Further, if the meteoroid is large enough, some fraction of it will survive the ablative entry through the atmosphere, and land on the surface. This part of the meteoroid is then termed a meteoroid. For bodies even larger in size, the atmosphere proves an ineffective deceleration mechanism, and most of the meteoroid arrives descends intact and hits the surface with the (hyper) velocity it had in space. The impact energy is often sufficient to totally vapourise the impactor, as well as some of the Earth's regolith, and form a crater. There may only be condensed vapour left to indicate the nature of the impacting body.
Size or mass is thus a very important characteristic of a meteoroid, and in the table below we propose a meteoroid classification based on size.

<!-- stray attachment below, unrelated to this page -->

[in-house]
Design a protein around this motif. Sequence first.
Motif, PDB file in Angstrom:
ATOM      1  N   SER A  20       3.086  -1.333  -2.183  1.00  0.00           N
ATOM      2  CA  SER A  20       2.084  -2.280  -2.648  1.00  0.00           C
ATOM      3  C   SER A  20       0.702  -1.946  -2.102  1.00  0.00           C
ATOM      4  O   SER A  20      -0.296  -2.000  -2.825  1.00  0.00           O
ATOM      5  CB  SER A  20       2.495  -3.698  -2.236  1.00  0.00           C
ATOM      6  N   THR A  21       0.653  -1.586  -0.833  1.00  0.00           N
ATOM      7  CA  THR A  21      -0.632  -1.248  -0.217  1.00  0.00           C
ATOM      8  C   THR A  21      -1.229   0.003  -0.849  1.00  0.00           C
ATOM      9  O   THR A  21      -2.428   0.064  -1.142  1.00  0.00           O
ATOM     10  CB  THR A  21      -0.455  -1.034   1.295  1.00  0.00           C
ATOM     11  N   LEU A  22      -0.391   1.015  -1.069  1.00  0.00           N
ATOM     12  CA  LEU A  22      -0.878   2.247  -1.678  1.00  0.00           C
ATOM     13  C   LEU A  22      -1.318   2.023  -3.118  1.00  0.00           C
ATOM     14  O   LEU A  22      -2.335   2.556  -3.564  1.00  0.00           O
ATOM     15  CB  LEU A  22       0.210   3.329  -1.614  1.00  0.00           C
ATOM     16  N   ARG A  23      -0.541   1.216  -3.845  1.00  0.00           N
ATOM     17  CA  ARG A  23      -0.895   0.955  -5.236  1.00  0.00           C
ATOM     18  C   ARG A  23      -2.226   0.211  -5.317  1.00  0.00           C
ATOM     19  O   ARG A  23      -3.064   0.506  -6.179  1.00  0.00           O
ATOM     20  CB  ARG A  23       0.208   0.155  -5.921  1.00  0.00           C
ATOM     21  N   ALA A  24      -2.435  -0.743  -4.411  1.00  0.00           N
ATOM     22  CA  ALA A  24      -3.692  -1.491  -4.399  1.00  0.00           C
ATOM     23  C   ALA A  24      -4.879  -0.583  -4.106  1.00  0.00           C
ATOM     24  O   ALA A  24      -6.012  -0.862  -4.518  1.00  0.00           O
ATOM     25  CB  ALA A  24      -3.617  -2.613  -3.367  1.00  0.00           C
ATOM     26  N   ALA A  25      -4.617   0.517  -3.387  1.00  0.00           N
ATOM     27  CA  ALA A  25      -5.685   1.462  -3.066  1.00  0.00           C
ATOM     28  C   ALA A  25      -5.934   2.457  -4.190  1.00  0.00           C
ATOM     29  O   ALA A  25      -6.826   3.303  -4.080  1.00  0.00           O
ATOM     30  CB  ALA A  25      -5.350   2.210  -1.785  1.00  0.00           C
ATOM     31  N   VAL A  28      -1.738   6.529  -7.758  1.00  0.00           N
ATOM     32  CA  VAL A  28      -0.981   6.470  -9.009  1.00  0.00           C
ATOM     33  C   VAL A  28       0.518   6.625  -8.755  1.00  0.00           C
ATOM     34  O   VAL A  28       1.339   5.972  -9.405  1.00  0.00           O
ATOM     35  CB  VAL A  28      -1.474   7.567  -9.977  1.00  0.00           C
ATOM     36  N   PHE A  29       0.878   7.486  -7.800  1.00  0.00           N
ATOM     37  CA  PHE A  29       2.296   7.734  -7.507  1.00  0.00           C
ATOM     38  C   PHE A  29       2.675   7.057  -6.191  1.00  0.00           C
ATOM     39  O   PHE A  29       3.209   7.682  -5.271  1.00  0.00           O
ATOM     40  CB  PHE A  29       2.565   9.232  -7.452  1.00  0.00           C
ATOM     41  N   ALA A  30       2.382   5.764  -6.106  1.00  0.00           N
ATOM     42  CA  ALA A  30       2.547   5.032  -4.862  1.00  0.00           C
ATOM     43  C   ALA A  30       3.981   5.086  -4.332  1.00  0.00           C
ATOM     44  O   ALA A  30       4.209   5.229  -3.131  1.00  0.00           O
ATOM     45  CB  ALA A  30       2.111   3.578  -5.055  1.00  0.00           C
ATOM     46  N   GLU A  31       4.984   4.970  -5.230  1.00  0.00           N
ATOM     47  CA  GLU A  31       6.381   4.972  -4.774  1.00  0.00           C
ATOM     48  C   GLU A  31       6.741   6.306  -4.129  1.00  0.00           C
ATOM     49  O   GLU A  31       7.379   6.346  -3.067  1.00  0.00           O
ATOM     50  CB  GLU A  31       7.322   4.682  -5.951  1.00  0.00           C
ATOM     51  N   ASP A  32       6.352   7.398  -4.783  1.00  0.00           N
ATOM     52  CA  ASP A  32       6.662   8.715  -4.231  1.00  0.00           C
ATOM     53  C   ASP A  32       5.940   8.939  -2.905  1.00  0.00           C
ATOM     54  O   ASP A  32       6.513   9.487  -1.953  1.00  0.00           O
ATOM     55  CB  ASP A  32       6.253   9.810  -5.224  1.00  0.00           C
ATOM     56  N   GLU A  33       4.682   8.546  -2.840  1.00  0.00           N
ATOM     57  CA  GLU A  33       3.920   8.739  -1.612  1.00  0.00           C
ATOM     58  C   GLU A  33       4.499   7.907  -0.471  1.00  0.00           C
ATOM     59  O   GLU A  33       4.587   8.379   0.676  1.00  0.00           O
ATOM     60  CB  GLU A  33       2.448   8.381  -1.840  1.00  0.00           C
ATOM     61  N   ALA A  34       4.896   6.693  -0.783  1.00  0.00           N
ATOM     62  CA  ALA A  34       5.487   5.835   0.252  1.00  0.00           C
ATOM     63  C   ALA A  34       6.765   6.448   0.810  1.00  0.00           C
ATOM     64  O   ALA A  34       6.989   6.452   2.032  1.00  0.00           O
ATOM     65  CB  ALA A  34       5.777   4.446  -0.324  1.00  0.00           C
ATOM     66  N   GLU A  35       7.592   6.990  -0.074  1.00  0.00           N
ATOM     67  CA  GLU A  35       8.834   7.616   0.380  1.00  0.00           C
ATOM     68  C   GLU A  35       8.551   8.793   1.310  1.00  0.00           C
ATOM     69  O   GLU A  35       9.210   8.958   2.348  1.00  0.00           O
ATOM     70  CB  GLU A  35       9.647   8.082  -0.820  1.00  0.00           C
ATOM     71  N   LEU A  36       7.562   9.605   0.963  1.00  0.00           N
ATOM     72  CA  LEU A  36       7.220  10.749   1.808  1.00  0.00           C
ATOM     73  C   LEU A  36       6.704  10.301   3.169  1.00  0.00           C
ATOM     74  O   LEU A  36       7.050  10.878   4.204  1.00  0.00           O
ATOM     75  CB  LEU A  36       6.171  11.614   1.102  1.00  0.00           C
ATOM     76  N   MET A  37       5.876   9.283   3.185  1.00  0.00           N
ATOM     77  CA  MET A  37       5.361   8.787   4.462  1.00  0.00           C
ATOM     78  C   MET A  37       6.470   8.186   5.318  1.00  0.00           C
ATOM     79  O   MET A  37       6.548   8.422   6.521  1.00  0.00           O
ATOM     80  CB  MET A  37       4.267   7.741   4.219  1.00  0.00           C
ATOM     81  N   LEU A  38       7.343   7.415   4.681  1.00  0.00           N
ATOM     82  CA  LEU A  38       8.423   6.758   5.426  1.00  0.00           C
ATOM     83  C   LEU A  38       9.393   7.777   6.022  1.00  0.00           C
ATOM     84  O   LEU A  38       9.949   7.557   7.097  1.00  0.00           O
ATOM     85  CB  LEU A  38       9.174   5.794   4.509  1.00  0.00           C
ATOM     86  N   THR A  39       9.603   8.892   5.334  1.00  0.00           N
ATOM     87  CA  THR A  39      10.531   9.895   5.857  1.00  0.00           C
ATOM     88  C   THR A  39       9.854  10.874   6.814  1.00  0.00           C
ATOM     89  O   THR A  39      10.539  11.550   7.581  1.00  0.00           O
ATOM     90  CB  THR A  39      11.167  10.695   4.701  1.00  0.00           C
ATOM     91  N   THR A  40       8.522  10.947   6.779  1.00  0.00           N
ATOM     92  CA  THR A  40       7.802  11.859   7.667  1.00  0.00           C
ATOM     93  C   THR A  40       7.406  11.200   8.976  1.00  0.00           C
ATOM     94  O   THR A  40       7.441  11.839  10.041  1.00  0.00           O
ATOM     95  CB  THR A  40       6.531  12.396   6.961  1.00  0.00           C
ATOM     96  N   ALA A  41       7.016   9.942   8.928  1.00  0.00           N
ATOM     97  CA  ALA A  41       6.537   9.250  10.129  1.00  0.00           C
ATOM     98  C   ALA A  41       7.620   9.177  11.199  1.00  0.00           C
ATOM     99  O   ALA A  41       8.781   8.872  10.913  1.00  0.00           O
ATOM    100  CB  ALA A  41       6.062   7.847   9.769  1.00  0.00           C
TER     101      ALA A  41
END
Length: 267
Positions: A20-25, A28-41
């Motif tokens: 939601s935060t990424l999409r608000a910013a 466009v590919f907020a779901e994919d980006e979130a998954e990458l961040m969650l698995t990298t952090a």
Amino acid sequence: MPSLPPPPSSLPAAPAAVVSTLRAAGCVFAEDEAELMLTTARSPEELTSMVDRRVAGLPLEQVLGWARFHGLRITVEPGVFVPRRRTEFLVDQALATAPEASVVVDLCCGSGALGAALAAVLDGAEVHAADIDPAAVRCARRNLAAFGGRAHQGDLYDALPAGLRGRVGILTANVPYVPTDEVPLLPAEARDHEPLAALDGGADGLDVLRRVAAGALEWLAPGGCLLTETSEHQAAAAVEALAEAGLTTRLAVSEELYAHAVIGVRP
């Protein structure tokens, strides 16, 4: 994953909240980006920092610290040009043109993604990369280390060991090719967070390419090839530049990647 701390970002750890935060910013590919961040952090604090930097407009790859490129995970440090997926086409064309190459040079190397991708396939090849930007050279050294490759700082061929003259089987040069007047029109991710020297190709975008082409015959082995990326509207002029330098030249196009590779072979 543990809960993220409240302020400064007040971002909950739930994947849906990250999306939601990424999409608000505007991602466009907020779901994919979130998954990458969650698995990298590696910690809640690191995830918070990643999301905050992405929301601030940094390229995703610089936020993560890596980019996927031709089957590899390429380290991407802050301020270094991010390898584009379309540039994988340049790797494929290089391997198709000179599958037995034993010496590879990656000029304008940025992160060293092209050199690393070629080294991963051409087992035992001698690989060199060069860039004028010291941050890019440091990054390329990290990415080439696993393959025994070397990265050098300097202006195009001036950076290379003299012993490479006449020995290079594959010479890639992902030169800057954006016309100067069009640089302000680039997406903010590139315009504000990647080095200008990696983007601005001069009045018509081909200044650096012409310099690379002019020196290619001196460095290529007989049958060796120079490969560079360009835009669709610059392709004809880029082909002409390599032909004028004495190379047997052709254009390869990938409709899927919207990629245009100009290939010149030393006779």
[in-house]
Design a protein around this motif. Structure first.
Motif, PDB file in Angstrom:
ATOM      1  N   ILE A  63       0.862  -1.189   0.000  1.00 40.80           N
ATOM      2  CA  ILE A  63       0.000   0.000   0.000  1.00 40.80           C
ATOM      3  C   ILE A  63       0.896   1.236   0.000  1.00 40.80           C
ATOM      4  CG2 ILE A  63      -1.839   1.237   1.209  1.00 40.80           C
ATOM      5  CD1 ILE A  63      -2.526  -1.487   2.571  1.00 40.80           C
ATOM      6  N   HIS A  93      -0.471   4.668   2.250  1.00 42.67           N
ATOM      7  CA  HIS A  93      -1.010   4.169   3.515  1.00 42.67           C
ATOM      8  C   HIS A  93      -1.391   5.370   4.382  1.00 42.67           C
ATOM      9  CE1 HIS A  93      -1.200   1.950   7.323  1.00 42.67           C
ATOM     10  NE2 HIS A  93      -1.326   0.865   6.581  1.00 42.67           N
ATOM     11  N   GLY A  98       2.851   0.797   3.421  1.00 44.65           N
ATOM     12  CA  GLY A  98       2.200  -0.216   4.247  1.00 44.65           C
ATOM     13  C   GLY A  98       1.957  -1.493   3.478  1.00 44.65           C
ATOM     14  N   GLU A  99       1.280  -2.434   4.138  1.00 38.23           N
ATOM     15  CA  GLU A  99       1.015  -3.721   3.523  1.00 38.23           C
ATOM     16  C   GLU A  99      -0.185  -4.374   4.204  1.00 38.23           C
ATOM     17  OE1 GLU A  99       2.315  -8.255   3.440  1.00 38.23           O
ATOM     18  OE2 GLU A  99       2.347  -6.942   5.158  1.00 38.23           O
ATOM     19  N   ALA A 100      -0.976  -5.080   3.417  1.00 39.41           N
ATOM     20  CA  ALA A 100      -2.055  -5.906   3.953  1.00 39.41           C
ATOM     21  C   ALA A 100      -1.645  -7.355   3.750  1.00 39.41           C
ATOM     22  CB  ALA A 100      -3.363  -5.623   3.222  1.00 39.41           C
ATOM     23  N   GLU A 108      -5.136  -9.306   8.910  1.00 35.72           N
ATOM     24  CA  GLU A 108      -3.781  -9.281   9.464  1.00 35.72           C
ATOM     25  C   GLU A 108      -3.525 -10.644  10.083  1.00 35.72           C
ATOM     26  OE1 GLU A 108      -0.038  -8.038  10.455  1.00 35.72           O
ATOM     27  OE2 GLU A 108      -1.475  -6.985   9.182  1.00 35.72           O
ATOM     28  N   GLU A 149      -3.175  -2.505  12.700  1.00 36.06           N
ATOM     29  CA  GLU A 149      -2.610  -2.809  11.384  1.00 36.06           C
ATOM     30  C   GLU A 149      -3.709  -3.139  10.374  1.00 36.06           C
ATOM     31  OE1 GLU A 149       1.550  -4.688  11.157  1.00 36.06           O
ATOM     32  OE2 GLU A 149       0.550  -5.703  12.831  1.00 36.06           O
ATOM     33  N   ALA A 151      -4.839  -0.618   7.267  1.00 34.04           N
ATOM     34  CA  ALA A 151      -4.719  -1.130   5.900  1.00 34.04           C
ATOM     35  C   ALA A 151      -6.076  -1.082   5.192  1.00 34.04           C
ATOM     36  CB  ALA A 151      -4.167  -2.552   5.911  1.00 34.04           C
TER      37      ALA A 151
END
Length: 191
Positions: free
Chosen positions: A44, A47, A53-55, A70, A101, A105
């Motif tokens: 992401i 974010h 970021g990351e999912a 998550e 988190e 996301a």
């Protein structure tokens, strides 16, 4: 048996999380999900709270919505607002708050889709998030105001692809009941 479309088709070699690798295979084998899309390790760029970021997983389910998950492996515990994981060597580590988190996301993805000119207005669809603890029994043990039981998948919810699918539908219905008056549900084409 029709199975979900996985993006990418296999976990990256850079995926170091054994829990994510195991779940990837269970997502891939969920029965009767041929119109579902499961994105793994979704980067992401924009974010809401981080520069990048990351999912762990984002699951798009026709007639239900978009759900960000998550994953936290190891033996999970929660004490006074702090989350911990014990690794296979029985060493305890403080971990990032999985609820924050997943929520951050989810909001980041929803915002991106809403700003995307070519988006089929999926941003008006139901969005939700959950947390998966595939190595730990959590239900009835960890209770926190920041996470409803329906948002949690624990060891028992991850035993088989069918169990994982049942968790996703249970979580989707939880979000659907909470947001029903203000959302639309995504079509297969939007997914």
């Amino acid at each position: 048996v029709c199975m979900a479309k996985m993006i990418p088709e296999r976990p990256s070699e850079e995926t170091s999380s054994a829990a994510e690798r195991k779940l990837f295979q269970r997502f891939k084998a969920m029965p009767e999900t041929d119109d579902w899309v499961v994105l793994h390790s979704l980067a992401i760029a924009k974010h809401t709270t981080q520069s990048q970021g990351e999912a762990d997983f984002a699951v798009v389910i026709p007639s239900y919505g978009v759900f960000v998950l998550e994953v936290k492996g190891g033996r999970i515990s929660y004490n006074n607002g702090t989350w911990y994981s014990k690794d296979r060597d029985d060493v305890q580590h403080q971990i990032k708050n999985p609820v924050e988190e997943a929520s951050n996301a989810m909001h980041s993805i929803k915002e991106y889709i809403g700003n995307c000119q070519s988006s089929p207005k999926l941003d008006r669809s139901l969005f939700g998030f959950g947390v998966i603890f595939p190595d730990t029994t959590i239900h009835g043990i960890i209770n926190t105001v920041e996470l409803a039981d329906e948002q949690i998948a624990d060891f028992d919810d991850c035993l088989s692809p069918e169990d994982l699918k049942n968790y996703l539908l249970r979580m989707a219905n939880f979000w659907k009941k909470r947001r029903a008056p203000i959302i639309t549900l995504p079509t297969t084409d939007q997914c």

|Meteoroid Class||Meteoroid Mass/Size||Primary Origin||Phenomenon Descriptor||Visual Magnitude||Comments|
|<100μ||Comets||Micrometeorites||None||Survive entry without vapourisation. No detectable meteor. Add 30,000-40,000 tons to Earth mass / year. Interplanetary dust.|
|100μ - 1mm||Comets||Submeteors||10 to 5||Can be detected by radio/radar. Do not survive atmospheric entry.|
|1mm - 3cm||Comets||Meteors||5 to -4||Visible. Do not survive ablative re-entry process.|
|3cm - 30cm||Cmts/Ast||Fireballs||-4 to -12||Bright meteor. IAU current designation.|
|10cm - 1m||Asteroids||Bolides||-12 to -20||Very bright meteor. Old IAU designation of a fireball. At this size the meteoroid penetrates below 50km and often produces sounds.|
0.4m - 4m
|Asteroids||Meteorites||-16 to -23||Meteor must generally by brighter than mag -18 and body has to penetrate below 20 km altitude. Impacts at about 100m/s. Possible pit if large.|
4m - 20m
|Asteroids||Impactors||< -22||Meteoroid is so large that the column of air it encounters is insufficient to reduce its speed. Vapourises on impact making crater.|
20m - 1km
|Asteroids||Disasters||< -30||Impact releases enormous energy. Tidal wave, earthquake, dustcloud.|
|Asteroid||Catastrophe||??||Global hazard. > 25% global deaths. If >4km then mass extinction.|